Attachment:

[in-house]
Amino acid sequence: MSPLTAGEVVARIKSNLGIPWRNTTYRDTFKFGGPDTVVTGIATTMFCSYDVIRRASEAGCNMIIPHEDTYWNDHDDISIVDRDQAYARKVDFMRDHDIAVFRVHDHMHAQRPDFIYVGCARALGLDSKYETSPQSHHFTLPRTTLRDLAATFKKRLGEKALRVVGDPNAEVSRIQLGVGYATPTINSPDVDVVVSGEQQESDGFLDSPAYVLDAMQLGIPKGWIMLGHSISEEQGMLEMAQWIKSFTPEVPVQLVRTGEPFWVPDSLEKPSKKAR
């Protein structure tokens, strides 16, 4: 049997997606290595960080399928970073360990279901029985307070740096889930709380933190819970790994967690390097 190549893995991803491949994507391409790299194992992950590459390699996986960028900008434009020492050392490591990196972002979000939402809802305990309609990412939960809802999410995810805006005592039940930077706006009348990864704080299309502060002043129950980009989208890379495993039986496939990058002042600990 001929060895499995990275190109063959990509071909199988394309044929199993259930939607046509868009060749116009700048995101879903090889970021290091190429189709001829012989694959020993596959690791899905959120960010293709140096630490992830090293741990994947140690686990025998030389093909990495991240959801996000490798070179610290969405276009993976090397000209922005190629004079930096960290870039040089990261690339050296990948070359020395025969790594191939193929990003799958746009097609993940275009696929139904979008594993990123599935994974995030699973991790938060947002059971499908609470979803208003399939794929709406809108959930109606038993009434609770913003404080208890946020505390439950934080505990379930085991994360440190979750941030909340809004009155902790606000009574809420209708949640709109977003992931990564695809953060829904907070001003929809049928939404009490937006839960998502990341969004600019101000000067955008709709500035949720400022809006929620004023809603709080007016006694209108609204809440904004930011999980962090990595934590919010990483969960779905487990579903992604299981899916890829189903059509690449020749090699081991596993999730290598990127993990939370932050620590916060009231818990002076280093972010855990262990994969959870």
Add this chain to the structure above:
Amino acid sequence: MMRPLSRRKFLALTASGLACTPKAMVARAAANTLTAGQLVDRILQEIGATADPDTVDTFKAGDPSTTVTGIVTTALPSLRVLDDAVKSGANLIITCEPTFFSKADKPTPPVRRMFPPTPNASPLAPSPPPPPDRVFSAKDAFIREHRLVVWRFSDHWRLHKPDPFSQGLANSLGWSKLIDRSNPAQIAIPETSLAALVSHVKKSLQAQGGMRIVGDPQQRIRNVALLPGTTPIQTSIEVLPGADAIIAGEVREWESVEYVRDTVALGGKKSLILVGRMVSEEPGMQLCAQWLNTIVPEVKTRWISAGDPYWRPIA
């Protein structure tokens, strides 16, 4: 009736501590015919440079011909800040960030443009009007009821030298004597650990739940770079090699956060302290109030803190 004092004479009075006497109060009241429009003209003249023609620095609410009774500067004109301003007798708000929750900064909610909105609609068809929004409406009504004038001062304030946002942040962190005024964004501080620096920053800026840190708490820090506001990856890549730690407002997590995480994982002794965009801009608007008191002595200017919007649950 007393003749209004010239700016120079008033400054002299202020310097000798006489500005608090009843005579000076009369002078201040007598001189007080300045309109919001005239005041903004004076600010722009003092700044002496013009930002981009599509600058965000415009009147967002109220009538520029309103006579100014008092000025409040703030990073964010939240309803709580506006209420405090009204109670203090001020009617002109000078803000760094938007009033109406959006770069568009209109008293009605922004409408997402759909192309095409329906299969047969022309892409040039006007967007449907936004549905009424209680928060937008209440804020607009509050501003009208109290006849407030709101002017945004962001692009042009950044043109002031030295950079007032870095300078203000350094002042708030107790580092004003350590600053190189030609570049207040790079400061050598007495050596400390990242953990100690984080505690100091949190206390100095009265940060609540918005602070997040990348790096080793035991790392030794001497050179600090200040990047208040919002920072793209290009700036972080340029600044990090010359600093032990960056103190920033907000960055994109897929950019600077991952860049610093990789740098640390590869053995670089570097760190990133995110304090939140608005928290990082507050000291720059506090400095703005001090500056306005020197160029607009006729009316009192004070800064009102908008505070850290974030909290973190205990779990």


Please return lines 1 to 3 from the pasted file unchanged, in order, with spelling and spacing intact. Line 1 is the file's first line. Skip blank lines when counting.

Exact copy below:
[in-house]
Amino acid sequence: MSPLTAGEVVARIKSNLGIPWRNTTYRDTFKFGGPDTVVTGIATTMFCSYDVIRRASEAGCNMIIPHEDTYWNDHDDISIVDRDQAYARKVDFMRDHDIAVFRVHDHMHAQRPDFIYVGCARALGLDSKYETSPQSHHFTLPRTTLRDLAATFKKRLGEKALRVVGDPNAEVSRIQLGVGYATPTINSPDVDVVVSGEQQESDGFLDSPAYVLDAMQLGIPKGWIMLGHSISEEQGMLEMAQWIKSFTPEVPVQLVRTGEPFWVPDSLEKPSKKAR
């Protein structure tokens, strides 16, 4: 049997997606290595960080399928970073360990279901029985307070740096889930709380933190819970790994967690390097 190549893995991803491949994507391409790299194992992950590459390699996986960028900008434009020492050392490591990196972002979000939402809802305990309609990412939960809802999410995810805006005592039940930077706006009348990864704080299309502060002043129950980009989208890379495993039986496939990058002042600990 001929060895499995990275190109063959990509071909199988394309044929199993259930939607046509868009060749116009700048995101879903090889970021290091190429189709001829012989694959020993596959690791899905959120960010293709140096630490992830090293741990994947140690686990025998030389093909990495991240959801996000490798070179610290969405276009993976090397000209922005190629004079930096960290870039040089990261690339050296990948070359020395025969790594191939193929990003799958746009097609993940275009696929139904979008594993990123599935994974995030699973991790938060947002059971499908609470979803208003399939794929709406809108959930109606038993009434609770913003404080208890946020505390439950934080505990379930085991994360440190979750941030909340809004009155902790606000009574809420209708949640709109977003992931990564695809953060829904907070001003929809049928939404009490937006839960998502990341969004600019101000000067955008709709500035949720400022809006929620004023809603709080007016006694209108609204809440904004930011999980962090990595934590919010990483969960779905487990579903992604299981899916890829189903059509690449020749090699081991596993999730290598990127993990939370932050620590916060009231818990002076280093972010855990262990994969959870």